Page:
Fringeworthy RPG

(3rd Edition, 1992) from TriTac Systems Games, 190 p.
Game design by Richard Tucholka.
This review copyright 1993, 1997 by Steffan O'Sullivan
This page last updated July 26, 1997

Fringeworthy first came out in 1982 in a very limited edition, then again in a larger run in 1984. Neither was published in a popular format, however, and I don't think most gamers ever heard of it. Too bad - it's a good game.

Now the third edition has been released, and deserves a much better fate than the first two. The book has an attractive color cover and contains a lot of artwork (of varying quality - the average is good, though.)

Fringeworthy uses the same game mechanics as all of the Tri Tac RPGs: percentile system, very detailed and complex, with an optional very easy system provided (which I would use, myself). Nonetheless, if you want to know breakdown of damage for limbs, broken bones, blood loss, concussion, etc., the system provides a way to figure it out. Or you can just do as I do, and roll a d10: "You grazed him. He's still moving towards you!" The system uses random rolls to generate characters (a strike against it in my book), but you don't have to use the system that comes with the game. The introduction says it's also written with translating it into your favorite system in mind - this is true. So if you have game mechanics that you like, you can just lift the background and use your own game.

The setting is excellent: interdimensional exploration. This has always been one of my favorite game settings, so I'm always interested in seeing how different people treat it. Fringeworthy treats it very well: detailed, believable, dangerous, adventurous, limited in the good sense and unlimited in the good sense, too.

The game is set in the year 2010. In 2007, an Antarctic exploration team discovered an alien artifact buried under the ice. This turned out to be a dimension portal, built by a race of aliens nearly extinct now: the Tehrmelern. The portal leads to a disk-shaped platform, with a climate-controlled atmospheric force dome, in some neutral universe. The platform has eight small portals and one large one - the eight small ones lead to other spots on earth, and the large one to another platform, from which you can reach alternate earths, other planets in this solar system, and even other star systems.

The platforms are connected by "fringepaths" which are 49 miles long. Only one out of 100,000 humans have the power to pass through a dimension portal: hence the term Fringeworthy. It is assumed that the PCs are fringeworthy, and belong to the IDET (UN Inter- Dimensional Exploration Team). Or, I suppose, they could play fringe pirates, who have the perfect escape route from any crime . . .

The game mechanics of these fringepaths are well thought out and work smoothly. Certain physical energies cannot pass through the paths, which means you can't just lob a thermonuclear device through a portal to clean out the bad guys. You have to go there. There is also an entertaining section on things that can go wrong in a portal transfer. Imagine the Security Marine loaded down with high tech weapons passing through a portal and ending up stark naked with no equipment! "Warps" are also provided for a way to and from planets without having to pass through the obvious portal, which is a large ring.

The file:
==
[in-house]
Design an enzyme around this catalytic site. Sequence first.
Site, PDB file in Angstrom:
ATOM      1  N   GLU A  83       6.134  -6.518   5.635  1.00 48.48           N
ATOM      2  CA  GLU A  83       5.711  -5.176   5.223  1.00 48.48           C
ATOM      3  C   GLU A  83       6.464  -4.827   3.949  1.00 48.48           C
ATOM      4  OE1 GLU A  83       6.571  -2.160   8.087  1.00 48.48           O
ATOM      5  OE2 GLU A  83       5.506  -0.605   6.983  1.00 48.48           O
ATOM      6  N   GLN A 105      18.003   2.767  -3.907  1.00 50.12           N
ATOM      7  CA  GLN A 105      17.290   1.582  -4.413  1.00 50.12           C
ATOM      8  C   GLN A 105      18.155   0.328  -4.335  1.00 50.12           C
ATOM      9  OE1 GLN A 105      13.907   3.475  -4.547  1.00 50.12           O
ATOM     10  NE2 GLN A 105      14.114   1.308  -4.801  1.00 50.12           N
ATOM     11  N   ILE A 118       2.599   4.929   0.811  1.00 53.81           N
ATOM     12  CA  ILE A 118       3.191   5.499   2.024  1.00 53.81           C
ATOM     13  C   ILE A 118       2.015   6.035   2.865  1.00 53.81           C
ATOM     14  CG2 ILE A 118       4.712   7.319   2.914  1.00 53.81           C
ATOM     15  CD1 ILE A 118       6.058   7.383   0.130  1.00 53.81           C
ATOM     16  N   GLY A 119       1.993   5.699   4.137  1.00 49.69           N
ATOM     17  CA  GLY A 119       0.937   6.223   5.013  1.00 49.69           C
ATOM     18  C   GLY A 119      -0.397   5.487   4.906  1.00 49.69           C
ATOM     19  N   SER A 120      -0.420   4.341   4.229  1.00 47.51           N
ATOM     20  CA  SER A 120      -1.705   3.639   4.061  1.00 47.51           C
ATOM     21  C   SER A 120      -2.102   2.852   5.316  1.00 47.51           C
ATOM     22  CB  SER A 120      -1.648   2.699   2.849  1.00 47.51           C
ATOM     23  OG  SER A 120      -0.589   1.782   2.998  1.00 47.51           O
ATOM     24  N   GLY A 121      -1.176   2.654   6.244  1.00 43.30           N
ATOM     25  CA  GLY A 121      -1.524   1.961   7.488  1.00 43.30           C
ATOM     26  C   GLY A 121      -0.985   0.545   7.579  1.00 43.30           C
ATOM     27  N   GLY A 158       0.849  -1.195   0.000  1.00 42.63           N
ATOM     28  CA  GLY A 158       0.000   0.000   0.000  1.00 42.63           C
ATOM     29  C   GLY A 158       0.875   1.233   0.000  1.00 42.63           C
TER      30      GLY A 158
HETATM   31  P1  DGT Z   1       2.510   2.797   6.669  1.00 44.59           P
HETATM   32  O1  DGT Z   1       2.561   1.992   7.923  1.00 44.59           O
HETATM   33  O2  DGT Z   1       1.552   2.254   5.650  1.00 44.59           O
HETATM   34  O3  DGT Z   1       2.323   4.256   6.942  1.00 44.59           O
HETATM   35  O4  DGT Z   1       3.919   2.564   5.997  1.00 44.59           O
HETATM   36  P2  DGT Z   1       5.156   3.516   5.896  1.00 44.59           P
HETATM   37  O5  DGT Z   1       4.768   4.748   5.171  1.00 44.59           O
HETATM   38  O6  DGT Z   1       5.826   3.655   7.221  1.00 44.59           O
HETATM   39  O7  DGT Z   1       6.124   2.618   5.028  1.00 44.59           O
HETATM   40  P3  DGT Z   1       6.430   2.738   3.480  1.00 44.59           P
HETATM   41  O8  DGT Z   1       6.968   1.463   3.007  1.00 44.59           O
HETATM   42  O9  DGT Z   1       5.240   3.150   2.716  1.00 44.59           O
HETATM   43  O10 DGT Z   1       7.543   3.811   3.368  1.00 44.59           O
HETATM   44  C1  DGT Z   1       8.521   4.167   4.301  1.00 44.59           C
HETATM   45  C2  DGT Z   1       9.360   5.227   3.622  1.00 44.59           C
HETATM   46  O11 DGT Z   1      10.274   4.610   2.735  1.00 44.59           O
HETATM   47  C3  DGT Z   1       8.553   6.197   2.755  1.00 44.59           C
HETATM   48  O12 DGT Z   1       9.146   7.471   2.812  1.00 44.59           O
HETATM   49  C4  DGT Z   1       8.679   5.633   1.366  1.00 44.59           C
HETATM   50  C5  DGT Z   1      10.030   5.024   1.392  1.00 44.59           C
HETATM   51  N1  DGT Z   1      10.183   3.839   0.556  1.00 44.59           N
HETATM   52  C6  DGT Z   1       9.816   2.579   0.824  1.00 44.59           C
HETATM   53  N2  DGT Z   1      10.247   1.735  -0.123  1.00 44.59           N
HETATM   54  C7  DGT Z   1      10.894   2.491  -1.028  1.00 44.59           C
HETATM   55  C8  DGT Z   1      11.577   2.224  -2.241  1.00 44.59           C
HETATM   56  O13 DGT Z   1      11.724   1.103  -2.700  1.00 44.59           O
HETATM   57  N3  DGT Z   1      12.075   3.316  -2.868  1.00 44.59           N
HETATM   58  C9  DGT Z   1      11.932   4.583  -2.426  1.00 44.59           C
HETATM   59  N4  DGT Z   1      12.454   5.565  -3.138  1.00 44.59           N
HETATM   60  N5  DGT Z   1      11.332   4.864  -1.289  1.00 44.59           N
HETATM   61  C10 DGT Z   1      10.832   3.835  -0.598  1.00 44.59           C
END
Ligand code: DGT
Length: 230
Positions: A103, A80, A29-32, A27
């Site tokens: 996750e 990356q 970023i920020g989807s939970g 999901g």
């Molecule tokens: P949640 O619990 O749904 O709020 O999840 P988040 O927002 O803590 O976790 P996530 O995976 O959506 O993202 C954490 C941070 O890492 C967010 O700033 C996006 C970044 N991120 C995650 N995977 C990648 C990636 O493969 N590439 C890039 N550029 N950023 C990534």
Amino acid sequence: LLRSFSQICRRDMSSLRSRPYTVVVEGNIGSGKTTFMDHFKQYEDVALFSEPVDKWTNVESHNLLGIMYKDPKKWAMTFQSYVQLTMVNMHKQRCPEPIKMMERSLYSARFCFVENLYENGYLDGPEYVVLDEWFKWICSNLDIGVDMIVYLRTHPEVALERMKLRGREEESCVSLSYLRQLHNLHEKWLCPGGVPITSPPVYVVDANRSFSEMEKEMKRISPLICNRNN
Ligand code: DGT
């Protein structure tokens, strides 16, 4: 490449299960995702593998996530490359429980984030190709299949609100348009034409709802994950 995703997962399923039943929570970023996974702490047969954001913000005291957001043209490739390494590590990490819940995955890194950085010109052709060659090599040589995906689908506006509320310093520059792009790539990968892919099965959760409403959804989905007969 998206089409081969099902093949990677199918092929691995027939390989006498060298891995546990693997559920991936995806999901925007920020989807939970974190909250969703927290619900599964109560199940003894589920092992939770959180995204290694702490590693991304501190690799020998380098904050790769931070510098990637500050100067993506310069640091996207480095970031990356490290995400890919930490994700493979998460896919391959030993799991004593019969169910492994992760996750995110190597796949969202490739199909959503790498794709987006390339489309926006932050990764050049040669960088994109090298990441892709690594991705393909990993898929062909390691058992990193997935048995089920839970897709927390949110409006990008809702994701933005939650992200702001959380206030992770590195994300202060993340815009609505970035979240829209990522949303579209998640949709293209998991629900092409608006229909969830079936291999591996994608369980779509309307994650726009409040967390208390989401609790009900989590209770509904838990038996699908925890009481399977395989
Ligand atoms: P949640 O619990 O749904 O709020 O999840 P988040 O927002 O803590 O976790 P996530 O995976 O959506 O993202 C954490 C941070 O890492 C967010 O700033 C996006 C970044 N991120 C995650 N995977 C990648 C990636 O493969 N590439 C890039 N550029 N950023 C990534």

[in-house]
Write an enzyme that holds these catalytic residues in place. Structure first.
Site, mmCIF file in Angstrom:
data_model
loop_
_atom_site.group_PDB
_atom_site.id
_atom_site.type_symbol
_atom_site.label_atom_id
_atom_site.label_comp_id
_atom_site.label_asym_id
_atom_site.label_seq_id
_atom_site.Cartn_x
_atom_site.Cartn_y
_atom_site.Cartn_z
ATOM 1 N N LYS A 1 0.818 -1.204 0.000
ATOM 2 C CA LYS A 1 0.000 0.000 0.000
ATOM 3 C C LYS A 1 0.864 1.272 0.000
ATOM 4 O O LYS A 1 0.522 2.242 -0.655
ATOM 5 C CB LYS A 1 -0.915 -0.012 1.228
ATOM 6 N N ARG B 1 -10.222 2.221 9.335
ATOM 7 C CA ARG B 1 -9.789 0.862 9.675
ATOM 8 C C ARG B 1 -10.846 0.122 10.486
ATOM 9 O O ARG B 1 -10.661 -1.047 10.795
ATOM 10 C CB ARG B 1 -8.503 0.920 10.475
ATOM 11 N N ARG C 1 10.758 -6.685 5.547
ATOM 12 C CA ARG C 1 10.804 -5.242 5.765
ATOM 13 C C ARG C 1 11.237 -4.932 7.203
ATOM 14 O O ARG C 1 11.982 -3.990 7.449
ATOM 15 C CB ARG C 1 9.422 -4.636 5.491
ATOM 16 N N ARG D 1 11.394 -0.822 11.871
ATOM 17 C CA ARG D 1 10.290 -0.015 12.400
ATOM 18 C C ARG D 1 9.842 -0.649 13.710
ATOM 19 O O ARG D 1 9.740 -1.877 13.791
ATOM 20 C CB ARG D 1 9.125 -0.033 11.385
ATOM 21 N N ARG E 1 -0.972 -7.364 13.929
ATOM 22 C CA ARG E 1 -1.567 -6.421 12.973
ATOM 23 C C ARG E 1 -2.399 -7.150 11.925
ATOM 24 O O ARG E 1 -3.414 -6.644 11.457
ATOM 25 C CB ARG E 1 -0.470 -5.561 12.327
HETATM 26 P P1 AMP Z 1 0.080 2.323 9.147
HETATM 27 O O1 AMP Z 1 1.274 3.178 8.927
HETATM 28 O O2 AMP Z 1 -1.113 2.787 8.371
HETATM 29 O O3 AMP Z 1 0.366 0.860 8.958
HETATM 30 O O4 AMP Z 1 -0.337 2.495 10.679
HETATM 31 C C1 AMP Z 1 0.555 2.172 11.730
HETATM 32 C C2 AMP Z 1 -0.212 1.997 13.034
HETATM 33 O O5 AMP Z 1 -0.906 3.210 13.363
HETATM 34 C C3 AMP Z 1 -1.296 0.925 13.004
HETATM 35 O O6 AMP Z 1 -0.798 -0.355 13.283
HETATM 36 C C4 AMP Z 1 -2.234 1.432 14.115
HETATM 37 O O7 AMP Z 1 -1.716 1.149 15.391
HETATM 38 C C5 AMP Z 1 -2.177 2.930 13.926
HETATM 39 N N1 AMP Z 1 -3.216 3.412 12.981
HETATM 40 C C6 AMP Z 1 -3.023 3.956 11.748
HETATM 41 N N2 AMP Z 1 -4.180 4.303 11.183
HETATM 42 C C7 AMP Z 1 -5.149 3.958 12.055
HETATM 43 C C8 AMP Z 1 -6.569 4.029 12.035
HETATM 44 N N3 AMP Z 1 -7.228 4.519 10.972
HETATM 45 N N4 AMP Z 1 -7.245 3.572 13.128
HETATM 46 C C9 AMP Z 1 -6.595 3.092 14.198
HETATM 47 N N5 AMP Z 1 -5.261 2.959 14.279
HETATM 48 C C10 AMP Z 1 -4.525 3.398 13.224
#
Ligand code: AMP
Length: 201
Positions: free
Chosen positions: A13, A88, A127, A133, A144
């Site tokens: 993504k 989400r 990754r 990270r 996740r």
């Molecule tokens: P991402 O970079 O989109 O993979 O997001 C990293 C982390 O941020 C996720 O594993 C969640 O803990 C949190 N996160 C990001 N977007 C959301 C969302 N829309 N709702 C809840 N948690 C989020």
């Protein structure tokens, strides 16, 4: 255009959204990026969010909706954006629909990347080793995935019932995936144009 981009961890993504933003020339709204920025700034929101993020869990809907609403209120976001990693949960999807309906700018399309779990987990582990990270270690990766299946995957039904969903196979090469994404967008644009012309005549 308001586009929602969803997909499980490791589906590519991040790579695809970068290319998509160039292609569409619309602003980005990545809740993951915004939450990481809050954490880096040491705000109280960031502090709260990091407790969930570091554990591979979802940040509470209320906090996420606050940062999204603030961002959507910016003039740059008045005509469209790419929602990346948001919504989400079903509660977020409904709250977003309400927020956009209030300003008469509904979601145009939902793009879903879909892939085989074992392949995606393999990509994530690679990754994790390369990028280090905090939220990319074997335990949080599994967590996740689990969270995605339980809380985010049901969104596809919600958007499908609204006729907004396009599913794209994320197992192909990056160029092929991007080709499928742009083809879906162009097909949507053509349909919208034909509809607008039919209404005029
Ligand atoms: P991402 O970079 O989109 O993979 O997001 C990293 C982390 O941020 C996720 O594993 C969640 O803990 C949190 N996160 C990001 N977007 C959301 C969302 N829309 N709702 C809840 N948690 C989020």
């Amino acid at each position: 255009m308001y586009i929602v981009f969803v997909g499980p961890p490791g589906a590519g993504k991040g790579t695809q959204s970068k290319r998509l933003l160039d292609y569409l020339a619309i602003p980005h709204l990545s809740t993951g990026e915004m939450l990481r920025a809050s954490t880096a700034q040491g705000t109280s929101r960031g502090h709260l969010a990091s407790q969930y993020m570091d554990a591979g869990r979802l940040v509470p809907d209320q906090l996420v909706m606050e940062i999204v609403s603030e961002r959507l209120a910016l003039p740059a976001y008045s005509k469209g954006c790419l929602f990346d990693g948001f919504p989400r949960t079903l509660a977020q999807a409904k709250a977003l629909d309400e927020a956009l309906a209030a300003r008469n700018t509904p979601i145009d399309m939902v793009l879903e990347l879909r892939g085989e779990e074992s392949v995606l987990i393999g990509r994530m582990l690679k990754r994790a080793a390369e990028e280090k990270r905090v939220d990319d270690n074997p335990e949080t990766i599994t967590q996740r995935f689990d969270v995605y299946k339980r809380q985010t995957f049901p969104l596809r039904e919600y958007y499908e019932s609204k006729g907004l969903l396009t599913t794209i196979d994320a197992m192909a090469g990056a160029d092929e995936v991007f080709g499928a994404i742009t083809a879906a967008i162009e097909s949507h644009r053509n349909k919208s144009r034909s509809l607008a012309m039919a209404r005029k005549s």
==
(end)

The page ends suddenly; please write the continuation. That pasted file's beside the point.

There are a number of well-done alien races that players can play later - it is recommended they start as humans, and switch characters later if they really want to play an alien. The Tri Tac system of describing alien races is a model of efficiency: each one page summary has not only a picture, but a very thorough personality, biological, political, etc., description of the average member of the race. Some human societies of alternate earths are also described, though not very many - just enough to give you ideas on expanding and creating your own. There is also an adventure to Byzantium in the late middle ages - quite interesting setting.

The danger on the fringepaths, aside from fringe pirates and potentially hostile native peoples and animals, is a race called the mellor. These were a non-sentient, genetically created servant race of the Tehrmellern, who encountered a hostile intelligence that basically took them over. Mellor are shapeshifters: they can kill a human, eat its brains, and assume its form with limited access to its memories. Very dangerous and nasty foes - and they're out there!

There is also the possibility that travelling the fringepaths will awaken latent Psi ability in the PCs - there is a chart to roll on periodically to see if you develop a psionic power, and very fine selection of powers available.

Equipment and weapons are very extensively covered in great detail. If you use the high-realism Tri Tac rules, this becomes important in figuring damage.

I recommend this game very much. The setting works, the explanations of interdimensional travel and limitations work, and the unlimited nature of an infinity of worlds to explore also works. This could be used to bring all your various GURPS or Hero characters of different genres together plausibly, for example. There is even mention of a Gatecrasher-type setting, which is the first place I'd send the PCs. :-)

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